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Two Strong Words for Every Former Thunder Player…

It has been just over two years since Utah Jazz center Rudy Gobert tested positive for COVID-19 in OKC just moments before tipping-off against your Oklahoma City Thunder.

Later that evening, the NBA indefinitely suspended the season, a move that cost the league millions of dollars and saved me a couple hundred in Downtown parking fees. It took four months for the league to establish a COVID-free bubble at Walt Disney World, where the weird remainder of the season and the finals took place.

At some point during that artificial weirdness, I quit following NBA basketball, and it must have been during that time that Sam Presti sent everyone in the organization packing. I never considered myself to be a fair-weather sports fan, but the Thunder are currently next to last in the Western Conference with a roster full of people I've never heard of. Loud City is not as loud as it used to be.

These days they rarely talk about the Thunder on ESPN, but you know who they do talk about? Kevin Durant. Russell Westbrook. James Harden. Enes Kanter. And based on what I've heard, none of those guys are as happy as they were when they lived and played right here in OKC. With only what's best for them in mind, I have a simple request for every single former member of the Oklahoma City Thunder:

Come home.

Earlier this week in a game against the New York Knicks, Russell Westbrook scored a measly five points. To paraphrase my dad, that's only five more points than I scored, and I don't play basketball. Journalists have begun referring to the all-time king of triple-doubles as "Westbrick," there's talk of removing him from the starting lineup, and even the home crowds in L.A. are actively booing him. You know who didn't boo him? Oklahoma City. When the Thunder returned to Oklahoma after losing the finals, fans lined up along the chain-link fence surrounding the airport in the middle of the night and cheered.

James Harden was the ultimate bench player for the Thunder, winning the NBA's Sixth Man of the Year award in 2011. Oklahoma City offered Harden a four-year/$55 million contract, which he declined down and ended up in Houston playing for the Rockets. In Houston, Harden got the fame he wanted and proved he was a great point guard, but couldn't win a championship. In 2021 Harden left the Rockets for the Brooklyn Nets. He didn't win a ring there either. Last month Harden moved to the Philadelphia 76ers. He probably won't win a championship there, either. He's won as many championships in Oklahoma as he has anywhere else. He won't be any worse off if he comes back. We'll even make him a starter. I still have the foam beard I paid $15 for shoved under my bed, waiting for his return.

Do you know who Enes Freedom (formerly Kanter) currently plays for? Nobody. Last month Freedom was traded from the Celtics to the Rockets, who immediately waived him. Playing for the Thunder wouldn't be a step down. Even if Houston had picked up his contract, the Rockets are the only team in the Western Conference with a worse record than the Thunder. Freedom has spoken out against multiple foreign governments including Turkey and China, which has led to threats against his life. When he was in Oklahoma City he was one of the 'Stache Brothers. Nobody threatened to kill him when he was here.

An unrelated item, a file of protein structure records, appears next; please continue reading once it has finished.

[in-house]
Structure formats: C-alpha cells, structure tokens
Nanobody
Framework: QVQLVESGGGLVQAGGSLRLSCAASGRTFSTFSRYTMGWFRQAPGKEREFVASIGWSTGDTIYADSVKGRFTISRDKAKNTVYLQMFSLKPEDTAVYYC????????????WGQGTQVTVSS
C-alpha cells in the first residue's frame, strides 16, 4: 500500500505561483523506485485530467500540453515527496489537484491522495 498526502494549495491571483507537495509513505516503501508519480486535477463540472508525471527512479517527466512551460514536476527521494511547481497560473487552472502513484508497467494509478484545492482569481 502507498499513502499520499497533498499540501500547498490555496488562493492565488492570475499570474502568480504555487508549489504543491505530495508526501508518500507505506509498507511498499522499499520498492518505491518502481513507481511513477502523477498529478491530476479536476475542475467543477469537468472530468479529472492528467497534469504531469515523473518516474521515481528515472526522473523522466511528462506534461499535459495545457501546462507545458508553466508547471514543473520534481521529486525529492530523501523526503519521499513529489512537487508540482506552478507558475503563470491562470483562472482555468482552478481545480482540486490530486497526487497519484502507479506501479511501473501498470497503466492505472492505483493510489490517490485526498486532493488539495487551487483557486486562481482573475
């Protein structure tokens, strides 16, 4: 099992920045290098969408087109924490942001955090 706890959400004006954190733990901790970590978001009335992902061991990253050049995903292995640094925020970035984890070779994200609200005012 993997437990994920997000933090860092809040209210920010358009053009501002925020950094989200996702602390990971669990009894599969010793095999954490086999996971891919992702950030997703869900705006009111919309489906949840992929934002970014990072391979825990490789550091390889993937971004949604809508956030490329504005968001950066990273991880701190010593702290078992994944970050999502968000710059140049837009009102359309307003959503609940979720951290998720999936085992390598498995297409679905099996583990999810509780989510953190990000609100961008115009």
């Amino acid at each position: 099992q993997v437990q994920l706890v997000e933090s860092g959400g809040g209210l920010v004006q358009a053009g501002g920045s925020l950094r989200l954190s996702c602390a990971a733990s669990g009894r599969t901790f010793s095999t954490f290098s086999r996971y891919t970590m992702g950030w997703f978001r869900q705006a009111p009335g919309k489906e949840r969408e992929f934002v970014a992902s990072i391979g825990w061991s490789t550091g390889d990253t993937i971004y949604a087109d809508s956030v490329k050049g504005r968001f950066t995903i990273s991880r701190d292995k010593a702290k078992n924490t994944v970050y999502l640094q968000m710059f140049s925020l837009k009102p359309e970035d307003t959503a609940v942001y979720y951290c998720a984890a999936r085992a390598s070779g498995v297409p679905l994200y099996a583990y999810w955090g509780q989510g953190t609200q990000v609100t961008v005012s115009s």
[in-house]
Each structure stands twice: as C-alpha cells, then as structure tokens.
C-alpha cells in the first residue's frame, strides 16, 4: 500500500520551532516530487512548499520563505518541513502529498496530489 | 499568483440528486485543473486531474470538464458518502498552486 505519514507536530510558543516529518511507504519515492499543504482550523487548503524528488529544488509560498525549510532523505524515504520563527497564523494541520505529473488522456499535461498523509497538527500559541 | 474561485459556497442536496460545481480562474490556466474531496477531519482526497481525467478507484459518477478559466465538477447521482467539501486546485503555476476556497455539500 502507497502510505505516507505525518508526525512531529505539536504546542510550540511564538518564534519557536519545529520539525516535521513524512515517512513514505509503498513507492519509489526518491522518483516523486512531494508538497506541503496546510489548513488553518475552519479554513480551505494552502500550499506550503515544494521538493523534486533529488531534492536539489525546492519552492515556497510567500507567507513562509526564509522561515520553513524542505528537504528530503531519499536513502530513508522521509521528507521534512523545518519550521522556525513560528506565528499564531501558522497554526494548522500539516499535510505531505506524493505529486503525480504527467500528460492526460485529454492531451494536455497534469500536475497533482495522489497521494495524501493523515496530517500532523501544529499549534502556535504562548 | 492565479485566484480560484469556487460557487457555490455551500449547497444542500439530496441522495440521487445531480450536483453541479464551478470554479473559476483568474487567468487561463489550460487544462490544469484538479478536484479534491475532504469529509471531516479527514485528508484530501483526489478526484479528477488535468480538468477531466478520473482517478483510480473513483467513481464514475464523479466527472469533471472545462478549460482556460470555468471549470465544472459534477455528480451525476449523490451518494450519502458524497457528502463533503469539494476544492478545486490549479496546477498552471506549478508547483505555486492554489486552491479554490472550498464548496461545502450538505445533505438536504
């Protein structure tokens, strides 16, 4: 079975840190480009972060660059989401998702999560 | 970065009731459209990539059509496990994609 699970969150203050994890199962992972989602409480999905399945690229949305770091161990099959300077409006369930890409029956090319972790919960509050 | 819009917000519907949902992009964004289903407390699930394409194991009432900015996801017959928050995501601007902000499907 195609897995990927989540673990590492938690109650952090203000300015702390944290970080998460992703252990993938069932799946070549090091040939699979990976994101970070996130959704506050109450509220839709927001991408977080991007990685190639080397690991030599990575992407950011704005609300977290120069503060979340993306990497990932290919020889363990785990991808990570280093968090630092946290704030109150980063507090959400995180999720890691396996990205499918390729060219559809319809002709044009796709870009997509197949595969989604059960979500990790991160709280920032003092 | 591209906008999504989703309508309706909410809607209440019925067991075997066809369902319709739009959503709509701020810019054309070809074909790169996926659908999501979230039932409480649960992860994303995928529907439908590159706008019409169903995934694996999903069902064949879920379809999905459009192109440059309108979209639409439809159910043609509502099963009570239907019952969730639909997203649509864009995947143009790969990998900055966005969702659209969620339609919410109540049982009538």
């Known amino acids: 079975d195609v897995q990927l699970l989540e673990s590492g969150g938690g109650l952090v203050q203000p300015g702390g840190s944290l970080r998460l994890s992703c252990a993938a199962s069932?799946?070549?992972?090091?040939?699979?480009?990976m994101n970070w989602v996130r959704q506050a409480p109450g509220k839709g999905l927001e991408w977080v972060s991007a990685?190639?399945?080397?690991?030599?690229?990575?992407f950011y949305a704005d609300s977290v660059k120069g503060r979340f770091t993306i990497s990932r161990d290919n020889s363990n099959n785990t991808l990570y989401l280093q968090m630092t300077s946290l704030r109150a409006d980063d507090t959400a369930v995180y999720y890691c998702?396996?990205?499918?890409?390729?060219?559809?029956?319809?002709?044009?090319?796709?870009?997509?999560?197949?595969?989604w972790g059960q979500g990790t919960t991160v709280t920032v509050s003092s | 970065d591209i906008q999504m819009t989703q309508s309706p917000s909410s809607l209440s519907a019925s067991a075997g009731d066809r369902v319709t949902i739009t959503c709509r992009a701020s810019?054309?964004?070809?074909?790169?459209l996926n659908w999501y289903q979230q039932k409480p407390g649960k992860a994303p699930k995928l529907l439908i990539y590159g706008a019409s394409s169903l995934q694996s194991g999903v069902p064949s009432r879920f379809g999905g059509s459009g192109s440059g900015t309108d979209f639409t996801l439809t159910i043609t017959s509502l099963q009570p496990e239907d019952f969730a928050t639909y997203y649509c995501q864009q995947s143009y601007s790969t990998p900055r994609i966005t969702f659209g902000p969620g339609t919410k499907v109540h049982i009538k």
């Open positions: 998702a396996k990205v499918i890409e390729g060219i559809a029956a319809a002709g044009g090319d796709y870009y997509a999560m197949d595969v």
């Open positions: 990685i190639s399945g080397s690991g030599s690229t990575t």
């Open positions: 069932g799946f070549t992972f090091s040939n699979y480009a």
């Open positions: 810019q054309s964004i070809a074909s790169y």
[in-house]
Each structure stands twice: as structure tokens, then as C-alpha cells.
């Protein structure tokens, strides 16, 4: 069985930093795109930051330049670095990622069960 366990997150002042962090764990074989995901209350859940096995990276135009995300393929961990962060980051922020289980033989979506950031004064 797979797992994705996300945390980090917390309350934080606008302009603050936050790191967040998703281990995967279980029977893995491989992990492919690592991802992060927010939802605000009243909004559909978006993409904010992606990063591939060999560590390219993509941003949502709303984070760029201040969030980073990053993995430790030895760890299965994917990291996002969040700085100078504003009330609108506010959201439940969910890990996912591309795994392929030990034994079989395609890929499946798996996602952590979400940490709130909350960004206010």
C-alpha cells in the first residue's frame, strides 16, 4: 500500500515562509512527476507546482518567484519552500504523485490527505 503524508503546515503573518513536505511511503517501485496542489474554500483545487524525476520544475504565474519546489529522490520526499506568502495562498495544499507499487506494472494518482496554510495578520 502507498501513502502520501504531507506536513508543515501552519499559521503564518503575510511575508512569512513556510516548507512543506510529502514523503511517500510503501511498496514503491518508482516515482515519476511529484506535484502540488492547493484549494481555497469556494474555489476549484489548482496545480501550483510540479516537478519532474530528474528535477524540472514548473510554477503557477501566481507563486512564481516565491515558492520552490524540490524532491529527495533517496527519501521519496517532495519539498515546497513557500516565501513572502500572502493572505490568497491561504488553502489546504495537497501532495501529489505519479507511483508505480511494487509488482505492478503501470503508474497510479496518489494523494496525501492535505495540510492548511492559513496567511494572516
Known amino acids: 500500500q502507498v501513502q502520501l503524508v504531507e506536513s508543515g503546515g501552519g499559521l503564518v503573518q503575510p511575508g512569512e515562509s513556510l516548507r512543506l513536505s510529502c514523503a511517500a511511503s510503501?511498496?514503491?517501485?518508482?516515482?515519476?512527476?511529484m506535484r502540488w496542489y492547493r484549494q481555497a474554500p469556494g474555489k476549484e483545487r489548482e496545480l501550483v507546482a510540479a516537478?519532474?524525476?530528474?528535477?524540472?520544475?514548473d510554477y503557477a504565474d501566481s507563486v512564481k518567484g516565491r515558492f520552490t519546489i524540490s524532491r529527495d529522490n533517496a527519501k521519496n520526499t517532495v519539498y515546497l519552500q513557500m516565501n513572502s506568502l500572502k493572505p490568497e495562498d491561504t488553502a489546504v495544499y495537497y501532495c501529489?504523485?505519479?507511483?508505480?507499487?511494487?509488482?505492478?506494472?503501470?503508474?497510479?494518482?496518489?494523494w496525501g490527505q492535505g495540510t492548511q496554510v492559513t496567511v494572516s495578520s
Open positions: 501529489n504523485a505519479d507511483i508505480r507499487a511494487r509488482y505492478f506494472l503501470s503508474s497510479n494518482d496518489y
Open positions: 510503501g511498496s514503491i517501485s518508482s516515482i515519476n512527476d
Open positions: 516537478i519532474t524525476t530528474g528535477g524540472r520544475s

And what's Freedom without the other 'Stache brother, Steven Adams? Steven Adams was drafted by the Thunder in 2013 and played here for seven seasons before being traded to New Orleans for a single season, eventually landing in Memphis. Do you know what neither of those towns have? A giant mural of Steven Adams painted on the side of a building downtown. We're not keeping that thing up forever, Adams. The clock is ticking.

That brings us to the Slim Reaper himself: Number 35, KD. Look, everybody says things they don't mean when they're angry. You said some things, we said some things, and we probably shouldn't have sent a mob over to spit on your restaurant. Durant's latest contract with the Nets was a four-year/$198 million dollar deal. Don't kid yourself, $200 million is good money anywhere, but do you know how well you can live in Oklahoma on a salary like that? He could buy the entire panhandle and turn it into his house. He could buy the Paycom center and change those green lights to whatever color her wanted. He could rent out the entire state fair for a night and enjoy Pizza on a Stick with his mom. Look, the guy doesn't need me to tell him how to spend his money. Point is, he could live like a king here, and the Thunder could use his help. Heck, bring Kyrie Irving -- there are no mask mandates here!

Those aren't the only players welcome to return. Serge Ibaka the Shot Blockah, Paul George, and Carmelo Anthony are all welcome, too. Hell, we'll take Nick Collison and Kendrick Perkins back as well. The Thunder needs help in a big way, and it's obvious who can help us -- the same guys that used to help us.

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